The Court also dismissed CFLCo's argument based on good faith under the Civil Code of Quebec. It held that Hydro-Quebec's actions over the lifetime of the Contract were not a failure to act in good faith as the parties had, on several occasions, concluded parallel contracts which included real concessions in favour of CFLCo. The further fact that CFLCo was currently a viable and prosperous business, and would at the end of the Contract have full control over the Project - a valuable power plant endowed with considerable potential - demonstrated that CFLCo was not experiencing hardship. The Court held that in these circumstances, to allow CFLCo's argument of good faith to succeed in the absence of hardship would be to grant relief based on a principle that does not exist under Quebec law.
The Decision was released a week before a related judgment dated August 9, 2016 from the Quebec Superior Court on the interpretation of the Contract (the Superior Court Decision), which also ruled against CFLCo. The Superior Court Decision relates to the specific provisions in the Contract dealing with the amount of electricity CFLCo is permitted to withhold from Hydro-Quebec and sell to third-parties. Under the terms of the Contract, CFLCo is only permitted to withhold two blocks of energy - of 225 and 300 megawatts, respectively - from Hydro-Quebec. (Price was not considered in the Superior Court Decision, as that term of the Contract had already been considered and decided in the Decision released the prior week.)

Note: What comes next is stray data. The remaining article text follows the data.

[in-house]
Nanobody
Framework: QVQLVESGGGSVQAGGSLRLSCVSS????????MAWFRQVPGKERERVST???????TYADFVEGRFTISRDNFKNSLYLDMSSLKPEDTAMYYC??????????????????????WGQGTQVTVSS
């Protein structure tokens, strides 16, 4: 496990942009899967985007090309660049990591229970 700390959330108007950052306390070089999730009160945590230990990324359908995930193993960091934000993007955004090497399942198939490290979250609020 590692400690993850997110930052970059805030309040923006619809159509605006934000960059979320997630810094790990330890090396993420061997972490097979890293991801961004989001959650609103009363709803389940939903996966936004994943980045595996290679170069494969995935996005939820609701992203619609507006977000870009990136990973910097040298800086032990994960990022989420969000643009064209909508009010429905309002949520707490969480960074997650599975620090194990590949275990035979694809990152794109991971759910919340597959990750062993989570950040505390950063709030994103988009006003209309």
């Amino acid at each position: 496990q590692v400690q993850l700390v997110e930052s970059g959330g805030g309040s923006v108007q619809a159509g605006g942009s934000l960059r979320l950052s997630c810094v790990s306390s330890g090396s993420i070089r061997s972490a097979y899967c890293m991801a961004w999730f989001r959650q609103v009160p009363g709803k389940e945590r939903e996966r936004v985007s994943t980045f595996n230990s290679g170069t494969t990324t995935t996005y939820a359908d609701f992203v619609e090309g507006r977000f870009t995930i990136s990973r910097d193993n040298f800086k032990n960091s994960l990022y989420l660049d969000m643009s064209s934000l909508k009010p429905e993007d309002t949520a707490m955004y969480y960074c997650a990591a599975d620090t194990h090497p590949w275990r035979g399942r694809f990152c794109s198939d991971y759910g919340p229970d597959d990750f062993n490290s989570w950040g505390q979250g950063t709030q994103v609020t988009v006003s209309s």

In the Superior Court Decision, Hydro-Quebec successfully argued that the renewal of the Contract meant that its electricity entitlement and scheduling rights, when automatically renewed on September 1, 2016 for a new 25-year period, would be the same as under the Contract. The result means that once the Contract is renewed, CFLCo will continue to be entitled to only capture and sell the two fixed blocks of power from the Project to third parties, such as the Province of Newfoundland and Labrador. Hydro-Quebec will continue to get virtually all of the electricity generated from the Project. Based on the holdings in the Decision and the Superior Court Decision, this means that Hydro-Quebec will also continue to reap the majority of the financial benefits from the Project for the next 25 years.
The Decision and Superior Court Decision represent the latest round of an ongoing dispute between the Province of Newfoundland and Labrador - which owns CFLCo through Nalcor, its provincial Crown corporation - and Hydro-Quebec. In the 1970s and 1980s, Newfoundland and Labrador twice unsuccessfully challenged Hydro-Quebec's rights under the Contract. In both instances (read the cases here and here), the Supreme Court of Canada ruled against Newfoundland and Labrador, and upheld the validity of the Contract.